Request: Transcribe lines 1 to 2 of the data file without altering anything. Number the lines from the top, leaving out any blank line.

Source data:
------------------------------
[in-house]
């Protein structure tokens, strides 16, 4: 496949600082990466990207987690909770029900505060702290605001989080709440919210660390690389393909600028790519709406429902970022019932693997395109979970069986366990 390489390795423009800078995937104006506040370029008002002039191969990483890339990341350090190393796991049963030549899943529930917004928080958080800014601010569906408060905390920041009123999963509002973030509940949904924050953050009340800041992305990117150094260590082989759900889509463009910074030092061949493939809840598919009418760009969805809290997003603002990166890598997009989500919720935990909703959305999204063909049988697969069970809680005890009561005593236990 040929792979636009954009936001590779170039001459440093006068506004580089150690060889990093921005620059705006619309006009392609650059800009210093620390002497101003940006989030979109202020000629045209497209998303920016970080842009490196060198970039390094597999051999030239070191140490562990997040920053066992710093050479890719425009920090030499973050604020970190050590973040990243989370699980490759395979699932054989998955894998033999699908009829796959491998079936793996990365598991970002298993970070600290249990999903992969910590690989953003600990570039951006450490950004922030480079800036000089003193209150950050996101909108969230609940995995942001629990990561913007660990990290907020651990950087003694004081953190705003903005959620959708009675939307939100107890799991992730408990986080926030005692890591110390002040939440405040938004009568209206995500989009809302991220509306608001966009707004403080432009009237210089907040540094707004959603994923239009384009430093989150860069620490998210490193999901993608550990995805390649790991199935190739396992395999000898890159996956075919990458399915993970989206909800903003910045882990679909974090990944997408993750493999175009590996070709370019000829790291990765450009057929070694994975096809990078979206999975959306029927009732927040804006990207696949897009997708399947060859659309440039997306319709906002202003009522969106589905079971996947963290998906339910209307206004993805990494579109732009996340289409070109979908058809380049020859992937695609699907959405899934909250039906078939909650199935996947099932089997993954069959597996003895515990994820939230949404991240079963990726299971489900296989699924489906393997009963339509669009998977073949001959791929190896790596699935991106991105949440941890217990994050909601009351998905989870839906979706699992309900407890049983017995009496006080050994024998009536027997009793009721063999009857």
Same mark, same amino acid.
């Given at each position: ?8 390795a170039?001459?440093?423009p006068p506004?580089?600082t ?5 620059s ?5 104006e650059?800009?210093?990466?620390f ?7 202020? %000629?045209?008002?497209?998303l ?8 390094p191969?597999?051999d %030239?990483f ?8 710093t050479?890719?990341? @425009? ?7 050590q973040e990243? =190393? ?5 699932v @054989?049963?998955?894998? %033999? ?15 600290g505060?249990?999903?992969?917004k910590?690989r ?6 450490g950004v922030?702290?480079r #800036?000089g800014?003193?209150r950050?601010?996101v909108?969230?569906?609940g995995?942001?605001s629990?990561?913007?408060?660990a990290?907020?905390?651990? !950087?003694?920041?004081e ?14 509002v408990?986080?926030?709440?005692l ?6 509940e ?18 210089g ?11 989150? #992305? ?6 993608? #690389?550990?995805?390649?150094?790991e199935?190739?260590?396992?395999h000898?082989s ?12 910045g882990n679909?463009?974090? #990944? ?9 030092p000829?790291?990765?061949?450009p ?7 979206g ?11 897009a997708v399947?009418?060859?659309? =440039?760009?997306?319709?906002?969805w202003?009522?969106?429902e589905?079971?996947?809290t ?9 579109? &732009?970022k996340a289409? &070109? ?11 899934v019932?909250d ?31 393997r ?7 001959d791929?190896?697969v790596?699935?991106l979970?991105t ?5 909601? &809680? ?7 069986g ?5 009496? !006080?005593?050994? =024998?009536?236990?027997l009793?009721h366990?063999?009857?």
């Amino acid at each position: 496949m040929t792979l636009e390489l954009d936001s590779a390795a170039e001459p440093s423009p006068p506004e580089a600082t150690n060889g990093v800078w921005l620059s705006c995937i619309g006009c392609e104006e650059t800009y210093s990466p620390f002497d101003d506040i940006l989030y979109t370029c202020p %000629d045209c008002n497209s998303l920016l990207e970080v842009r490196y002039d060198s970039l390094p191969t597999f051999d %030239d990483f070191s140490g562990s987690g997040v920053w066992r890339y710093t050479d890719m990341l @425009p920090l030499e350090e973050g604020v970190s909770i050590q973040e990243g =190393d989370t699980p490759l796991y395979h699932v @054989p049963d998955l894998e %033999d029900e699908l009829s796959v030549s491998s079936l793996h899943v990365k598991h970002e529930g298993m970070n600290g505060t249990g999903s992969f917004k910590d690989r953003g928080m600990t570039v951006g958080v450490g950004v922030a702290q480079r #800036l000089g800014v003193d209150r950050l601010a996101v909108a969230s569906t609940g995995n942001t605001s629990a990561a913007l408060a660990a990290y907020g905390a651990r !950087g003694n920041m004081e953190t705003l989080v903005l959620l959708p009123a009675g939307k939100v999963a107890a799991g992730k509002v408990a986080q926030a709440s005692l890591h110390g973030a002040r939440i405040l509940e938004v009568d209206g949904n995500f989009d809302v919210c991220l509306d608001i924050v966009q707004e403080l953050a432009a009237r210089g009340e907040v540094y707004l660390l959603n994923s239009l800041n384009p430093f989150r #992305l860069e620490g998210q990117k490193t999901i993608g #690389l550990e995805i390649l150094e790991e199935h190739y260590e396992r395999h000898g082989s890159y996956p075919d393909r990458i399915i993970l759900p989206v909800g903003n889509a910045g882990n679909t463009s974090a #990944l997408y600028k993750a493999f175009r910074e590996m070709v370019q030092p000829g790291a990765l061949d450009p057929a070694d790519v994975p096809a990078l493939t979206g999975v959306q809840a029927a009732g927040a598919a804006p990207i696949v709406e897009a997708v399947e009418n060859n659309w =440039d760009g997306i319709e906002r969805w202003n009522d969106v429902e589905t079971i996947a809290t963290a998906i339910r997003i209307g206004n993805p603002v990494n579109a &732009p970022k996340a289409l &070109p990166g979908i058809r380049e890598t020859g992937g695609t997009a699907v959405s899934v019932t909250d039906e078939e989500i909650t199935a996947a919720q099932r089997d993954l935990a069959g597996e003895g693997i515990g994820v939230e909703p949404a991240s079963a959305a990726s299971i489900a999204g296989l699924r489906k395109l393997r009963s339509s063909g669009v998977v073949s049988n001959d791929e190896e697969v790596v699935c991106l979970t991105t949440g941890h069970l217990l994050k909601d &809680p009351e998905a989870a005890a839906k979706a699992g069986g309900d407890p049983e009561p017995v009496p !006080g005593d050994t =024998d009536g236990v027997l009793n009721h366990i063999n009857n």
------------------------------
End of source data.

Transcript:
[in-house]
């Protein structure tokens, strides 16, 4: 496949600082990466990207987690909770029900505060702290605001989080709440919210660390690389393909600028790519709406429902970022019932693997395109979970069986366990 390489390795423009800078995937104006506040370029008002002039191969990483890339990341350090190393796991049963030549899943529930917004928080958080800014601010569906408060905390920041009123999963509002973030509940949904924050953050009340800041992305990117150094260590082989759900889509463009910074030092061949493939809840598919009418760009969805809290997003603002990166890598997009989500919720935990909703959305999204063909049988697969069970809680005890009561005593236990 040929792979636009954009936001590779170039001459440093006068506004580089150690060889990093921005620059705006619309006009392609650059800009210093620390002497101003940006989030979109202020000629045209497209998303920016970080842009490196060198970039390094597999051999030239070191140490562990997040920053066992710093050479890719425009920090030499973050604020970190050590973040990243989370699980490759395979699932054989998955894998033999699908009829796959491998079936793996990365598991970002298993970070600290249990999903992969910590690989953003600990570039951006450490950004922030480079800036000089003193209150950050996101909108969230609940995995942001629990990561913007660990990290907020651990950087003694004081953190705003903005959620959708009675939307939100107890799991992730408990986080926030005692890591110390002040939440405040938004009568209206995500989009809302991220509306608001966009707004403080432009009237210089907040540094707004959603994923239009384009430093989150860069620490998210490193999901993608550990995805390649790991199935190739396992395999000898890159996956075919990458399915993970989206909800903003910045882990679909974090990944997408993750493999175009590996070709370019000829790291990765450009057929070694994975096809990078979206999975959306029927009732927040804006990207696949897009997708399947060859659309440039997306319709906002202003009522969106589905079971996947963290998906339910209307206004993805990494579109732009996340289409070109979908058809380049020859992937695609699907959405899934909250039906078939909650199935996947099932089997993954069959597996003895515990994820939230949404991240079963990726299971489900296989699924489906393997009963339509669009998977073949001959791929190896790596699935991106991105949440941890217990994050909601009351998905989870839906979706699992309900407890049983017995009496006080050994024998009536027997009793009721063999009857």